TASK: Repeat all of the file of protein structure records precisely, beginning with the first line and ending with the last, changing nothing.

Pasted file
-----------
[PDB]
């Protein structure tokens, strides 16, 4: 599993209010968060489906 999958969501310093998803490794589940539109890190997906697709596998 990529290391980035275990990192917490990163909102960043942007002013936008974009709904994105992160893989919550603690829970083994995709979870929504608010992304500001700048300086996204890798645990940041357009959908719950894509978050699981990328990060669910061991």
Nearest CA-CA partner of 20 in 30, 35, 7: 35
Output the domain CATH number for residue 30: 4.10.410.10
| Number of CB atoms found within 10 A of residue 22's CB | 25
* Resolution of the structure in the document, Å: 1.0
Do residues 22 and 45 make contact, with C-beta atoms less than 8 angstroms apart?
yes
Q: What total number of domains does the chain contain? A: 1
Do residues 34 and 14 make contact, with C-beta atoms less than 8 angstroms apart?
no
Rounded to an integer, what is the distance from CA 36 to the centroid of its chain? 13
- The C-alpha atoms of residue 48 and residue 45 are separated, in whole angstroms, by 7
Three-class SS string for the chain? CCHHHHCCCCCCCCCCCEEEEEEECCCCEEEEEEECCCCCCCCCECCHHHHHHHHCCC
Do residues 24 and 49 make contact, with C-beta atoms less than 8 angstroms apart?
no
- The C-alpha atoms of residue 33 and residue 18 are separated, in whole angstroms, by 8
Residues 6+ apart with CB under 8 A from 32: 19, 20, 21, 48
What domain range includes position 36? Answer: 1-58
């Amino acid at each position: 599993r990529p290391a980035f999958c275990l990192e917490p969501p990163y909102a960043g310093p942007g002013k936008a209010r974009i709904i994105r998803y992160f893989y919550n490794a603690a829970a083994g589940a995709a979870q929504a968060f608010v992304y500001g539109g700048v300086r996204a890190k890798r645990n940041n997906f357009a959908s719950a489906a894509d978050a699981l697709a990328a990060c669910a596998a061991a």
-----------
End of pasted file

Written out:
[PDB]
């Protein structure tokens, strides 16, 4: 599993209010968060489906 999958969501310093998803490794589940539109890190997906697709596998 990529290391980035275990990192917490990163909102960043942007002013936008974009709904994105992160893989919550603690829970083994995709979870929504608010992304500001700048300086996204890798645990940041357009959908719950894509978050699981990328990060669910061991």
Nearest CA-CA partner of 20 in 30, 35, 7: 35
Output the domain CATH number for residue 30: 4.10.410.10
| Number of CB atoms found within 10 A of residue 22's CB | 25
* Resolution of the structure in the document, Å: 1.0
Do residues 22 and 45 make contact, with C-beta atoms less than 8 angstroms apart?
yes
Q: What total number of domains does the chain contain? A: 1
Do residues 34 and 14 make contact, with C-beta atoms less than 8 angstroms apart?
no
Rounded to an integer, what is the distance from CA 36 to the centroid of its chain? 13
- The C-alpha atoms of residue 48 and residue 45 are separated, in whole angstroms, by 7
Three-class SS string for the chain? CCHHHHCCCCCCCCCCCEEEEEEECCCCEEEEEEECCCCCCCCCECCHHHHHHHHCCC
Do residues 24 and 49 make contact, with C-beta atoms less than 8 angstroms apart?
no
- The C-alpha atoms of residue 33 and residue 18 are separated, in whole angstroms, by 8
Residues 6+ apart with CB under 8 A from 32: 19, 20, 21, 48
What domain range includes position 36? Answer: 1-58
């Amino acid at each position: 599993r990529p290391a980035f999958c275990l990192e917490p969501p990163y909102a960043g310093p942007g002013k936008a209010r974009i709904i994105r998803y992160f893989y919550n490794a603690a829970a083994g589940a995709a979870q929504a968060f608010v992304y500001g539109g700048v300086r996204a890190k890798r645990n940041n997906f357009a959908s719950a489906a894509d978050a699981l697709a990328a990060c669910a596998a061991a």